If you're an Oregon dog owner, or you've been injured by someone else's animal in the state, you might be wondering about Oregon's dog bite injury liability laws. In this article, we'll cover some of the state's key laws on dog-related injuries, including:
Oregon law establishes a dog owner's "strict liability" for "economic damages" resulting from any injury caused by a dog—not just a bite. "Strict liability" means the owner is automatically liable, and cannot escape fault for injuries by claiming lack of knowledge that the dog might cause harm, or that all reasonable precautions were taken to prevent the injury.
The law specifically states that:
So what are "economic damages"? Under Oregon law, economic damages can include compensation for:
(Or. Rev. Stat. §§ 31.360, 31.705 (2022).)
In Oregon, a dog owner whose negligence results in a dog bite injury—or an injury caused by tripping, frightening, or knocking down the victim—can be held liable for all resulting losses.
The key here is that the full spectrum of damages will be available to a claimant who can demonstrate the dog owner's negligence, including compensation for "pain and suffering" and other noneconomic effects of the incident and resulting injuries. (Learn more about proving negligence in a personal injury case.)
Oregon has specific legal procedures that apply to "potentially dangerous dogs." Under Oregon law, dog is considered potentially dangerous if:
Any person who believes a dog owner has a potentially dangerous dog can file a complaint with the city or county. If a court decides after a hearing that the animal is potentially dangerous, the court may impose "reasonable restrictions" on the dog's owner to ensure the safety or health of the public. In addition, the court may order that the dog be euthanized, but only after considering all of the factors listed in Or. Rev. Stat. § 609.093, including:
In addition to Oregon's general strict-liability law for dog-related injuries (described above), Oregon also has a strict-liability law that specifically applies to potentially dangerous dogs. If a court determines a dog to be potentially dangerous and that dog subsequently harms someone or damages another person's property, the dog's owner will be held responsible for any economic damages resulting from the injury or the property damage.
(Or. Rev. Stat. §§ 609.035, 609.093, 609.095, 609.115 (2022).)
In addition to the civil liability described above, anyone who "maintains a dangerous dog" can face criminal charges if the person, with criminal negligence, fails to prevent the dog from:
The crime of maintaining a dangerous dog is a Class C felony if the victim was killed; otherwise, the offense is a misdemeanor. In addition to potential jail time, fines, and other penalties for the dog's keeper, a conviction will also result in a court order for the dog to be euthanized.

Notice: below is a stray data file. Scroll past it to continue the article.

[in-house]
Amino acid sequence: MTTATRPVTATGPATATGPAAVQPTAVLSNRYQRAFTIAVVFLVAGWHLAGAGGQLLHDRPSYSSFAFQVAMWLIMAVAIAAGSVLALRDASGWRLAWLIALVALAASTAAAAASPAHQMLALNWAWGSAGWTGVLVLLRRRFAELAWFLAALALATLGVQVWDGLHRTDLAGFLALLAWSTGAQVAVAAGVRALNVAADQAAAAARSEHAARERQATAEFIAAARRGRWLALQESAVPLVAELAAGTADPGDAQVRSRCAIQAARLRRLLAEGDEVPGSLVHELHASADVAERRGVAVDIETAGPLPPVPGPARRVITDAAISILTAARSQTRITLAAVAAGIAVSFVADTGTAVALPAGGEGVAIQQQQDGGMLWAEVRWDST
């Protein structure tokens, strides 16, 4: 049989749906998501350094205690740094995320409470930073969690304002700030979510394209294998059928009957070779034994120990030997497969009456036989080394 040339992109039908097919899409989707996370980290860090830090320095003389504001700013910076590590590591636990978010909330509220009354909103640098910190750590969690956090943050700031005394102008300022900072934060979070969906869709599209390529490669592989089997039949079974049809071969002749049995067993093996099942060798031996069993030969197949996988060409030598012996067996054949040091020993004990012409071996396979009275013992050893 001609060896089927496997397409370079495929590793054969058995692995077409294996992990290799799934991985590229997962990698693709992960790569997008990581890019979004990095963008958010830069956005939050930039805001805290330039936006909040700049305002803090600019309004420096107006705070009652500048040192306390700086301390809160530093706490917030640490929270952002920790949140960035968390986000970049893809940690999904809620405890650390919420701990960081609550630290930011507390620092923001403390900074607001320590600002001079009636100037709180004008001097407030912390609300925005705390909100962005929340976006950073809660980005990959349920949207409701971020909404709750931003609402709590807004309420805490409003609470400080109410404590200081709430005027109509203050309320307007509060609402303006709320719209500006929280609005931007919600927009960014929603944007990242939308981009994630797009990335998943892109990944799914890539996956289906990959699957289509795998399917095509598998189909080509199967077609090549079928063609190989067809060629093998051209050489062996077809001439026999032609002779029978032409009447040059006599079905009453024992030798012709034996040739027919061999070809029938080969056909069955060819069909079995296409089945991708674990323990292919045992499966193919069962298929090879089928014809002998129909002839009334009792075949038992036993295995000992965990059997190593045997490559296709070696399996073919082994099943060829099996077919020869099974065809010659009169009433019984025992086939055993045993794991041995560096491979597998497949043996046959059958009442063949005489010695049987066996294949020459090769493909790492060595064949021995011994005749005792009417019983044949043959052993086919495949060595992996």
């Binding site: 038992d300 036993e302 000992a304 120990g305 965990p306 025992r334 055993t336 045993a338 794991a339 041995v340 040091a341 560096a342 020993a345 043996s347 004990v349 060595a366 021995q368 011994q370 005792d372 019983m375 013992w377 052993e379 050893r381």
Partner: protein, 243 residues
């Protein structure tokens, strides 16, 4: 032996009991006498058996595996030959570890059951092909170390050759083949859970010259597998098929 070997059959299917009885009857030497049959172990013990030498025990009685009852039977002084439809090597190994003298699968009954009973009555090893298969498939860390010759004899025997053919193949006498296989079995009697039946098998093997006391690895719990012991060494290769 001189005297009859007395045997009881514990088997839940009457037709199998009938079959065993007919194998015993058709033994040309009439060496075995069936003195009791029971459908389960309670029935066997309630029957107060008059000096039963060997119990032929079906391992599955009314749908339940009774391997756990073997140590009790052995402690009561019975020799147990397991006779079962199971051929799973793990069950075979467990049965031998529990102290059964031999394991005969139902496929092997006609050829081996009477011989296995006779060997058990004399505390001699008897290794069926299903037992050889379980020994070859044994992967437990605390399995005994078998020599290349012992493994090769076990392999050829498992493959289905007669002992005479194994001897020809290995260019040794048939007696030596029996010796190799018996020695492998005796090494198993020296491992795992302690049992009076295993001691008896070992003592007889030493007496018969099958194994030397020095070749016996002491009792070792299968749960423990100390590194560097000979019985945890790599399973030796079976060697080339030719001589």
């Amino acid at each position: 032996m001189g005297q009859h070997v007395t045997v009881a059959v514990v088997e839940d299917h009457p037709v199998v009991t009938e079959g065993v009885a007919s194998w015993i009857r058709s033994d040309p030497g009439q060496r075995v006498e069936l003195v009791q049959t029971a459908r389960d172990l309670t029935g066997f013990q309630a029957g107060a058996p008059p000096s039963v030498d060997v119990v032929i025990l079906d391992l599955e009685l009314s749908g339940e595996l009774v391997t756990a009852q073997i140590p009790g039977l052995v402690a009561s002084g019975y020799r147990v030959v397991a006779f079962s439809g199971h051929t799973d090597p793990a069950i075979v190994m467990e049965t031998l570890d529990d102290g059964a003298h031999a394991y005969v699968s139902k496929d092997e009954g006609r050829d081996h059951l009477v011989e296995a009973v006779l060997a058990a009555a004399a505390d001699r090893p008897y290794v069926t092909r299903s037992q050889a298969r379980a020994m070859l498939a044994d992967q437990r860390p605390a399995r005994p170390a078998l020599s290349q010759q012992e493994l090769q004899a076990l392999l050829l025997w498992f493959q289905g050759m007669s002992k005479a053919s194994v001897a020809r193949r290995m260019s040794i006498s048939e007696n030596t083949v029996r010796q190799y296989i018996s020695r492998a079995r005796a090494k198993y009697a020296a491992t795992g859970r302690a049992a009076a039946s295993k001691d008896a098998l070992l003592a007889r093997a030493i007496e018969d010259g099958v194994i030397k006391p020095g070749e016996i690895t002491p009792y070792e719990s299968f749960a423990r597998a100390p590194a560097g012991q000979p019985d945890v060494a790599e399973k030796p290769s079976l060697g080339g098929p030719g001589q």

It's important to note that even if a dog owner is convicted of a crime in connection with a dog bite or other injury caused by a dog, the injured person may still sue the owner for damages in civil court.
(Or. Rev. Stat. §§ 609.098, 609.990 (2022).)
Laws called statutes of limitations impose a deadline on your right to file a civil lawsuit in your state's courts. Different kinds of cases are subject to different time limits, but the consequences of missing the filing window are the same: the court will dismiss your case as "time-barred" unless a rare extension of the filing deadline is called for based on the circumstances.
Oregon has not passed a specific statute of limitations for dog bite lawsuits. Instead, these claims typically fall under the larger umbrella of "personal injury," and Oregon's statute of limitations for personal injury cases says: "An action . . . for any injury to the person or rights of another . . . shall be commenced within two years." That means you'll need to file your personal injury complaint in court against the dog owner within two years of the date of the bite or other injury. (Or. Rev. Stat. § 12.110 (2022).)
Different deadlines will apply if the person who owns or keeps the dog is facing criminal charges related to a bite or other animal-related injury.
A dog owner could raise a number of legal defenses in a civil dog-injury-related lawsuit, including by arguing that the injured person:
If any of these defenses succeeds, the animal's owner may avoid liability for the injured person's medical bills or any other losses arising from the incident. These defenses also apply in cases involving potentially dangerous dogs, as described above. (Note that different defenses could be applicable in a criminal case resulting from a dog-related injury.)
If you find yourself on either side of a dog bite claim—as a dog owner or as someone who suffered a bite or other injury—it could be time to discuss your situation with a lawyer. You can use the features on this page to connect with a qualified attorney in your area, or you can learn more about how to find the right personal injury lawyer for you and your case.
And if you're facing criminal charges related to a dog bite or other injury, a criminal defense attorney can explain your options and help protect your rights.